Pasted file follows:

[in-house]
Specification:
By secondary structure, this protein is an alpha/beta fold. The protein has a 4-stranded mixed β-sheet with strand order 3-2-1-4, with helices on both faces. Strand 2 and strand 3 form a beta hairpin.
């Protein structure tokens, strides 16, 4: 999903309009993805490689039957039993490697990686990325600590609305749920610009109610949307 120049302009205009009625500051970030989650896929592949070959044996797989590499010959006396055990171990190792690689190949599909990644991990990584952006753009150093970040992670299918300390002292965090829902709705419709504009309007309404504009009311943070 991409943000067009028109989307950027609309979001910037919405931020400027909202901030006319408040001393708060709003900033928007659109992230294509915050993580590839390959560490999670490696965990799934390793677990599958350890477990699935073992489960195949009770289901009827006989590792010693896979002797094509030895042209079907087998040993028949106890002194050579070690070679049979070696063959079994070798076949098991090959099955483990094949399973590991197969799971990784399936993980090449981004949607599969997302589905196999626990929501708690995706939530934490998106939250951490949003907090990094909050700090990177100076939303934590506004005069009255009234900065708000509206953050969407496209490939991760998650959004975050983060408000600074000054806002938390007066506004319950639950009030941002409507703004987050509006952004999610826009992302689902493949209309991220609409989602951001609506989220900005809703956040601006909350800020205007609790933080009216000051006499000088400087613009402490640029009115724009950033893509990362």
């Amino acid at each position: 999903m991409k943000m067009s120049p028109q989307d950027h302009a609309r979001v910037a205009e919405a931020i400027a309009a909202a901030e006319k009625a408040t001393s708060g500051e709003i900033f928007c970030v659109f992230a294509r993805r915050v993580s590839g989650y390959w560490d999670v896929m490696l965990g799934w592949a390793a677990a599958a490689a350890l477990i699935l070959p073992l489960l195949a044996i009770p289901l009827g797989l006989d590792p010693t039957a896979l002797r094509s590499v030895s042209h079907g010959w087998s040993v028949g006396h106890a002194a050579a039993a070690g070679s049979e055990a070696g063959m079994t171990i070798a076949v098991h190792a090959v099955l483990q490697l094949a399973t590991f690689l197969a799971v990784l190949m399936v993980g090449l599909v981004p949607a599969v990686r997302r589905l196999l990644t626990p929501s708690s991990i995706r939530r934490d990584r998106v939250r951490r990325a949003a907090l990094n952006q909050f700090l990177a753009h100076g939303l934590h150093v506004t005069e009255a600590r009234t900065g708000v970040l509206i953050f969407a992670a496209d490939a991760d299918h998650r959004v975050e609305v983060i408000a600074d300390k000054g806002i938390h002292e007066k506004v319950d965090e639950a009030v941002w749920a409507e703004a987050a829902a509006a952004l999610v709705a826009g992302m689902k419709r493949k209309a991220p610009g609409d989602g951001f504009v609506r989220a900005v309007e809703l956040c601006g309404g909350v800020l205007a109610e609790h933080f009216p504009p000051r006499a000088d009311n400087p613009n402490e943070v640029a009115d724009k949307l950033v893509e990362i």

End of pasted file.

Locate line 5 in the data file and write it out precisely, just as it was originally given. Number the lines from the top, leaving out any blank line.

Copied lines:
């Amino acid at each position: 999903m991409k943000m067009s120049p028109q989307d950027h302009a609309r979001v910037a205009e919405a931020i400027a309009a909202a901030e006319k009625a408040t001393s708060g500051e709003i900033f928007c970030v659109f992230a294509r993805r915050v993580s590839g989650y390959w560490d999670v896929m490696l965990g799934w592949a390793a677990a599958a490689a350890l477990i699935l070959p073992l489960l195949a044996i009770p289901l009827g797989l006989d590792p010693t039957a896979l002797r094509s590499v030895s042209h079907g010959w087998s040993v028949g006396h106890a002194a050579a039993a070690g070679s049979e055990a070696g063959m079994t171990i070798a076949v098991h190792a090959v099955l483990q490697l094949a399973t590991f690689l197969a799971v990784l190949m399936v993980g090449l599909v981004p949607a599969v990686r997302r589905l196999l990644t626990p929501s708690s991990i995706r939530r934490d990584r998106v939250r951490r990325a949003a907090l990094n952006q909050f700090l990177a753009h100076g939303l934590h150093v506004t005069e009255a600590r009234t900065g708000v970040l509206i953050f969407a992670a496209d490939a991760d299918h998650r959004v975050e609305v983060i408000a600074d300390k000054g806002i938390h002292e007066k506004v319950d965090e639950a009030v941002w749920a409507e703004a987050a829902a509006a952004l999610v709705a826009g992302m689902k419709r493949k209309a991220p610009g609409d989602g951001f504009v609506r989220a900005v309007e809703l956040c601006g309404g909350v800020l205007a109610e609790h933080f009216p504009p000051r006499a000088d009311n400087p613009n402490e943070v640029a009115d724009k949307l950033v893509e990362i």